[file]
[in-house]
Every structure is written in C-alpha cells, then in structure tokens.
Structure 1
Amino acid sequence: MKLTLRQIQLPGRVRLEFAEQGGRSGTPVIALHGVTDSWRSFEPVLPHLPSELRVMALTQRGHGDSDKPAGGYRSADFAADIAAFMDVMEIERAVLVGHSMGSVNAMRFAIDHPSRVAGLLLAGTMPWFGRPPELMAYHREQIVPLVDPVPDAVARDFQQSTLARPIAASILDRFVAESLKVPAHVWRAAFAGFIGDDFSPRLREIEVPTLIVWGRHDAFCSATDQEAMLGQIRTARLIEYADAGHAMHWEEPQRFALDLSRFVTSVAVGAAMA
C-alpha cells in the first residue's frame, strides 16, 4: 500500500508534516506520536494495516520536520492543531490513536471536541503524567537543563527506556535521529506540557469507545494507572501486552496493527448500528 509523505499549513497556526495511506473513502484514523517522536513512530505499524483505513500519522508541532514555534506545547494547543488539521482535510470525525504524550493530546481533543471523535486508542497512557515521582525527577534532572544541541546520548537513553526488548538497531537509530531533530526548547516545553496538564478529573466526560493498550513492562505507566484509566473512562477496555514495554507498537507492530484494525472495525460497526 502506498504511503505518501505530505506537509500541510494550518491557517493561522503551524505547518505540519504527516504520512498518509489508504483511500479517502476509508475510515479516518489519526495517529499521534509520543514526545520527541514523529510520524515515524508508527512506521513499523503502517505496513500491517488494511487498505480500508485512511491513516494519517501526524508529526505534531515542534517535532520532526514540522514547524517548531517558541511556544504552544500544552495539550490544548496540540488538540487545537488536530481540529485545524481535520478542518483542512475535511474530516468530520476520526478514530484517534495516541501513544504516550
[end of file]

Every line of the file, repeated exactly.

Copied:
[in-house]
Every structure is written in C-alpha cells, then in structure tokens.
Structure 1
Amino acid sequence: MKLTLRQIQLPGRVRLEFAEQGGRSGTPVIALHGVTDSWRSFEPVLPHLPSELRVMALTQRGHGDSDKPAGGYRSADFAADIAAFMDVMEIERAVLVGHSMGSVNAMRFAIDHPSRVAGLLLAGTMPWFGRPPELMAYHREQIVPLVDPVPDAVARDFQQSTLARPIAASILDRFVAESLKVPAHVWRAAFAGFIGDDFSPRLREIEVPTLIVWGRHDAFCSATDQEAMLGQIRTARLIEYADAGHAMHWEEPQRFALDLSRFVTSVAVGAAMA
C-alpha cells in the first residue's frame, strides 16, 4: 500500500508534516506520536494495516520536520492543531490513536471536541503524567537543563527506556535521529506540557469507545494507572501486552496493527448500528 509523505499549513497556526495511506473513502484514523517522536513512530505499524483505513500519522508541532514555534506545547494547543488539521482535510470525525504524550493530546481533543471523535486508542497512557515521582525527577534532572544541541546520548537513553526488548538497531537509530531533530526548547516545553496538564478529573466526560493498550513492562505507566484509566473512562477496555514495554507498537507492530484494525472495525460497526 502506498504511503505518501505530505506537509500541510494550518491557517493561522503551524505547518505540519504527516504520512498518509489508504483511500479517502476509508475510515479516518489519526495517529499521534509520543514526545520527541514523529510520524515515524508508527512506521513499523503502517505496513500491517488494511487498505480500508485512511491513516494519517501526524508529526505534531515542534517535532520532526514540522514547524517548531517558541511556544504552544500544552495539550490544548496540540488538540487545537488536530481540529485545524481535520478542518483542512475535511474530516468530520476520526478514530484517534495516541501513544504516550